In an earlier MiddleWeb post, professor and former middle grades ELA teacher Jason DeHart argued on behalf of teaching with graphic novels, with numerous examples. Here he delves deeper into a single text from the Kid Beowulf series, detailing his own instructional strategies.
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Getting in touch with emotions, especially as a middle schooler, has become a critical component to classroom success. It’s also an essential life skill. Award-winning social studies teacher Jennifer Ingold shares some ways she helps students raise their emotional awareness.
After making a strong case for small group instruction during the writing process, Jennifer Serravallo shares how to implement and develop six types. Teacher Jennifer Wirtz loves the access to videos of groups in action and the printables for students. Highly recommended.
Brain and learning expert Marilee Sprenger highlights the 25 most high-frequency words for learners in the English language to focus upon. “I call these words ‘essential’ because knowing and using them can boost academic success and lifelong learning.” Are they on your vocab list?
Students with limited or interrupted formal education (SLIFE) benefit when teachers consider how SLIFEs have learned previously – most often informally in their family culture. Tan Huynh shares ways educators can blend a formal literacy focus with the relational learning they’re used to.
In classes like social studies and science, students are expected to do complex nonfiction reading. How can we ensure they’ll process and retain the content for future use? History/ELA teacher Megan Kelly shares fun activities to help kids think more deeply about information text.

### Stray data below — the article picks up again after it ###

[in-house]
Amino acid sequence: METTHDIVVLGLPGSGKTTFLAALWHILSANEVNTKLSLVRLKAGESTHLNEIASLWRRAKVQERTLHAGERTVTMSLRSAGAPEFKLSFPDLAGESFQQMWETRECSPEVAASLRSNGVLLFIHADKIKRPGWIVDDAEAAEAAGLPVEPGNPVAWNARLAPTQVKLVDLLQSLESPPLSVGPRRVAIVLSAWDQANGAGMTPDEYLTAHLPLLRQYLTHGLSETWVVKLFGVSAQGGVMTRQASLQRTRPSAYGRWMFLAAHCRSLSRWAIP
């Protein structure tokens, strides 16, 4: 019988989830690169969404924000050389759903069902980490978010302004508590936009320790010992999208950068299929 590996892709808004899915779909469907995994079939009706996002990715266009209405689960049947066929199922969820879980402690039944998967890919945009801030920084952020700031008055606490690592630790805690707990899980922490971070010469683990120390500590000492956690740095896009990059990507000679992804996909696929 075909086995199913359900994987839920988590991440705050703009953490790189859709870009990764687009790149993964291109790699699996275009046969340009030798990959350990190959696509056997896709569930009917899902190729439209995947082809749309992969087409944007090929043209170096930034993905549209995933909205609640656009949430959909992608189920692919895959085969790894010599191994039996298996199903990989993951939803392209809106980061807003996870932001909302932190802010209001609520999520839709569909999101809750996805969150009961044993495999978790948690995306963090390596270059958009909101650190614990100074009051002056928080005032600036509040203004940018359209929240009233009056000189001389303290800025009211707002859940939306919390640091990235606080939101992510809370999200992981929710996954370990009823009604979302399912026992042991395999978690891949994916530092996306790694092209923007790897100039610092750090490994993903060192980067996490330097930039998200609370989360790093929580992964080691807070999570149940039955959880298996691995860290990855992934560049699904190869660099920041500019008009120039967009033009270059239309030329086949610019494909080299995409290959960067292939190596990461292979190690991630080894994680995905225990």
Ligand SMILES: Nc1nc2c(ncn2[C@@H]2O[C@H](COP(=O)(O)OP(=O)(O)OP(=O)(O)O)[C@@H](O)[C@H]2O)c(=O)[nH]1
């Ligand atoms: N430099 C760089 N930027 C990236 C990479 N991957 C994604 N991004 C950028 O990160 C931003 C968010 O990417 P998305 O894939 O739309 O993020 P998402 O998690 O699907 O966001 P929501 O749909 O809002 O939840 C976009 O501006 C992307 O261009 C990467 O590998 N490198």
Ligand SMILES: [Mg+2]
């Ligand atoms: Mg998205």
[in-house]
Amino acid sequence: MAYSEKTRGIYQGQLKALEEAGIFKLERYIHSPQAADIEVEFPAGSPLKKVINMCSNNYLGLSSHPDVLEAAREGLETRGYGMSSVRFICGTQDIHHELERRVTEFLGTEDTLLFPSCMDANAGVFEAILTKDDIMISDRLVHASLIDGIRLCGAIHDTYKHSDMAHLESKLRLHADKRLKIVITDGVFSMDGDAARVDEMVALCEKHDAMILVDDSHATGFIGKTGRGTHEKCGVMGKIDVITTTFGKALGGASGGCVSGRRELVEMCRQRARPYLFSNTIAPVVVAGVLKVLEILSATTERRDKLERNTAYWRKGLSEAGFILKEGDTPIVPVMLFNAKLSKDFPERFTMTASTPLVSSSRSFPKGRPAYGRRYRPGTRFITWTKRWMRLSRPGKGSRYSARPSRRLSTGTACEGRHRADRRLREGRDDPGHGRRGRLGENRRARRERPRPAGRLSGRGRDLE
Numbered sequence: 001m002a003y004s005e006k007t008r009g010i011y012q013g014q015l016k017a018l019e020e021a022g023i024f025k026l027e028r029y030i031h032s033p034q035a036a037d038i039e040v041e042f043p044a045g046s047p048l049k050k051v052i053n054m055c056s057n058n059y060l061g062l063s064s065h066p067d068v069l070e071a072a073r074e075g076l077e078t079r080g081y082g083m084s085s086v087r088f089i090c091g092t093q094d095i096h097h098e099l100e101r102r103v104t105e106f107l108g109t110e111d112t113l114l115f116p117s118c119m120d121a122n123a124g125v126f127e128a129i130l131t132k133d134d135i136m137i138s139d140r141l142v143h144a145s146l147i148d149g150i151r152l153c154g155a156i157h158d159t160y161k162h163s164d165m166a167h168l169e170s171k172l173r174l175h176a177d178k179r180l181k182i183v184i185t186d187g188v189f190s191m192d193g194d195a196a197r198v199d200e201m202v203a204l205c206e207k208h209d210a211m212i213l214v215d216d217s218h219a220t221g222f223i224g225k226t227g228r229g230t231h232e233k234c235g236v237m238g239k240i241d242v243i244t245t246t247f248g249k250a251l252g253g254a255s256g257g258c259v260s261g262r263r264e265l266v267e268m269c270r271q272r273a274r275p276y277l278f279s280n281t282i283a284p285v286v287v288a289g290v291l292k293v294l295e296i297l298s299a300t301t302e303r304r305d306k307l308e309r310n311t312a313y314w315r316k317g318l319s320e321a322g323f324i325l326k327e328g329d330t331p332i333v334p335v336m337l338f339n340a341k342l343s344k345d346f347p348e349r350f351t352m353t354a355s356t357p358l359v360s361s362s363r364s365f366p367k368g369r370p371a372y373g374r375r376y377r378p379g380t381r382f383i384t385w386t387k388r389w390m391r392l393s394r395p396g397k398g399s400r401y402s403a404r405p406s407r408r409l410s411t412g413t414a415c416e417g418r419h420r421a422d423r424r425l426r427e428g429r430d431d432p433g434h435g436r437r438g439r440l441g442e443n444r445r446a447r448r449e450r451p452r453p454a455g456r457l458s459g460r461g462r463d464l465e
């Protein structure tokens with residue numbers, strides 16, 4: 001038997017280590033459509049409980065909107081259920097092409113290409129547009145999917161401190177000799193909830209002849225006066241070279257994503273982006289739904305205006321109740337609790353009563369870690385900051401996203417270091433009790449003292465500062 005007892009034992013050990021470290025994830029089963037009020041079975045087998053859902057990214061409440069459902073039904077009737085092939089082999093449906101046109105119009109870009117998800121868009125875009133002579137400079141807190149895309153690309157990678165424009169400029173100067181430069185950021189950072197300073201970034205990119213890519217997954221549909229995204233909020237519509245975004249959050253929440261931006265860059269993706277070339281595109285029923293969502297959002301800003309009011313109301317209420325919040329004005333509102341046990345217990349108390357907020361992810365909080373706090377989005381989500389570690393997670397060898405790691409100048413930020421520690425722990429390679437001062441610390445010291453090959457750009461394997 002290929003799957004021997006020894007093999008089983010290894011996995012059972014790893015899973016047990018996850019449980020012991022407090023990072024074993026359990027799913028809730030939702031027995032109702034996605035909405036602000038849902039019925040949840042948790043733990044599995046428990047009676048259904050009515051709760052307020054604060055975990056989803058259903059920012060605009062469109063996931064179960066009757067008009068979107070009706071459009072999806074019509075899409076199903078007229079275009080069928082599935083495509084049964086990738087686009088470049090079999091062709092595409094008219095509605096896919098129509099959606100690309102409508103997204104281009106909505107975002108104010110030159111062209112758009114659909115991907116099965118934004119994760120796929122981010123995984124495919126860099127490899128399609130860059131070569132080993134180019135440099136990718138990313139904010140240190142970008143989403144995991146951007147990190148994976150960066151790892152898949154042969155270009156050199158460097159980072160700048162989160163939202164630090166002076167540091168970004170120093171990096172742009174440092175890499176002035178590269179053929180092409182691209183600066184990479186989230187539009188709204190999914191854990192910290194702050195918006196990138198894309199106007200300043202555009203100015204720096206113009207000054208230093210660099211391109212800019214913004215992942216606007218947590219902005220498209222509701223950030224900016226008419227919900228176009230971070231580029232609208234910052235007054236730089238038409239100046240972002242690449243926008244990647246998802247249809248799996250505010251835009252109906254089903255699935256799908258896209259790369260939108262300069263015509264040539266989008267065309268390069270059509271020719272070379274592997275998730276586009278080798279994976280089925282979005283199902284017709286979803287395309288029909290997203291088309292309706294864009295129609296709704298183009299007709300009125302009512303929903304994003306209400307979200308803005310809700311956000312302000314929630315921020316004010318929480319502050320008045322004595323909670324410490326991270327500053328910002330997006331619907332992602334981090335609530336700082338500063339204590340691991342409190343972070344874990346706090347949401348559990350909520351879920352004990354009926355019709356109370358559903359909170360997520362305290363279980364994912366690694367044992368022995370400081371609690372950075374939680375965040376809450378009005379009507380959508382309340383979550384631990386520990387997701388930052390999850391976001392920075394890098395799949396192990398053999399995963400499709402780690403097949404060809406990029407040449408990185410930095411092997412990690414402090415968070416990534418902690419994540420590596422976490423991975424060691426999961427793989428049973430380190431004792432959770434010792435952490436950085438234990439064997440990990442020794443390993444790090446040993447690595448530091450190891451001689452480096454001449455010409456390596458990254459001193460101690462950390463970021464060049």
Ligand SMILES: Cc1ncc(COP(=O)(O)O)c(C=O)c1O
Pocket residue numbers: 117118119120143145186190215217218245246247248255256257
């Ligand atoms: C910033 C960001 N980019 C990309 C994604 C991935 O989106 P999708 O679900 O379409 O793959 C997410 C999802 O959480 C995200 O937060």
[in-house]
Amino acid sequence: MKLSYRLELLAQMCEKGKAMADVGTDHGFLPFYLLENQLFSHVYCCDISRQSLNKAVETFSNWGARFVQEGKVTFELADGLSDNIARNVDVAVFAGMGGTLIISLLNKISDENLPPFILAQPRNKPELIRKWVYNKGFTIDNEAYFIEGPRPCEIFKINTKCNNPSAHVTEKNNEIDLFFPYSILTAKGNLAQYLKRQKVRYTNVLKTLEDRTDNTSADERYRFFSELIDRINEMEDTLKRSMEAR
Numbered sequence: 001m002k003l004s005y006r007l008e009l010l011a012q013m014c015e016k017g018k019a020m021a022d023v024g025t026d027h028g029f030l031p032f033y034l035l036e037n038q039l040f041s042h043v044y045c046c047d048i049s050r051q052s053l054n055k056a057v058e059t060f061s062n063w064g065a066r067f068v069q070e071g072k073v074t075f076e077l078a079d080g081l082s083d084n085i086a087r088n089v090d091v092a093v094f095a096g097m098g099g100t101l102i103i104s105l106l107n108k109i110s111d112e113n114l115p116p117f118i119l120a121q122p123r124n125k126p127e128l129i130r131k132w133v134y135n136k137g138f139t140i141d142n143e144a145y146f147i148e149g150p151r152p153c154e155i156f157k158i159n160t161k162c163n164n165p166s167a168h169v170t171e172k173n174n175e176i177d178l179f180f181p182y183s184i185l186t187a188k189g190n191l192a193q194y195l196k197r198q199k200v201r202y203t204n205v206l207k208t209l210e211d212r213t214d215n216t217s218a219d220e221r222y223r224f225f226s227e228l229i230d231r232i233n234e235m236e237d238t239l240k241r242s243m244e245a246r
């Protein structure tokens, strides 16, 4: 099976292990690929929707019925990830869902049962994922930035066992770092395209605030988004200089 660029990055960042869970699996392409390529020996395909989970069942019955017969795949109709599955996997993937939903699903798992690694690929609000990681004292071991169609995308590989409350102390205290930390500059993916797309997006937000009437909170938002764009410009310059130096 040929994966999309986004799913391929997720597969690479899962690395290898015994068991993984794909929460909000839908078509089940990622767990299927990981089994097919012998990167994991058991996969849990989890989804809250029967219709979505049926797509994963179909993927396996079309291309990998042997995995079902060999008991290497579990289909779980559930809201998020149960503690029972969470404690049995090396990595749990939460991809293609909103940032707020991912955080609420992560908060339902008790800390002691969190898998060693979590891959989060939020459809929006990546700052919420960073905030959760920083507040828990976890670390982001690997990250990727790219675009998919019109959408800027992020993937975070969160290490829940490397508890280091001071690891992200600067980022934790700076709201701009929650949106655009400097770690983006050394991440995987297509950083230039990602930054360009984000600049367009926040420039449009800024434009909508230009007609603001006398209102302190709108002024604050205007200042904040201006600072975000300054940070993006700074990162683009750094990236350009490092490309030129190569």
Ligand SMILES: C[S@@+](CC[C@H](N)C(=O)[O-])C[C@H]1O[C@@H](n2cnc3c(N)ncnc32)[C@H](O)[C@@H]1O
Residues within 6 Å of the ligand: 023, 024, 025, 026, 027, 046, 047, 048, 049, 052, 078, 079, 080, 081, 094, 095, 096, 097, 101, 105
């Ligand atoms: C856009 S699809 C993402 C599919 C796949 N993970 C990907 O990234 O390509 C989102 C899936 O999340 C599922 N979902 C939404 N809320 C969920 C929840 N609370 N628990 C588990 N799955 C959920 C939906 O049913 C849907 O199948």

In “Teachers as Architects of Learning” Gavin Grift and Clare Major offer a blueprint for developing and implementing evidence-based practices that improve learning for students. Education consultant Helene Alalouf highly recommends this well-constructed guide.
Michelle Russell’s math students were eager to learn as this school year began but found the mechanics of solving equations more challenging than Michelle’s pre-Covid classes. After research and talk with colleagues, she’s trying several strategies to give kids the grounding they need.
“Improve Every Lesson Plan with SEL” shows us how – through intentional, deliberate and embedded instruction, including differentiation and choice – teachers can assure all students gain the explicit and implicit SEL skills they need, writes middle level leader Todd Brist.
Dina Strasser’s mute button moment hooks us into a reflection on student interruptions and their cultural roots. Consider this: How do we balance middle level kids’ natural tendency to run over each other verbally with their eager desire to engage in what we’re teaching?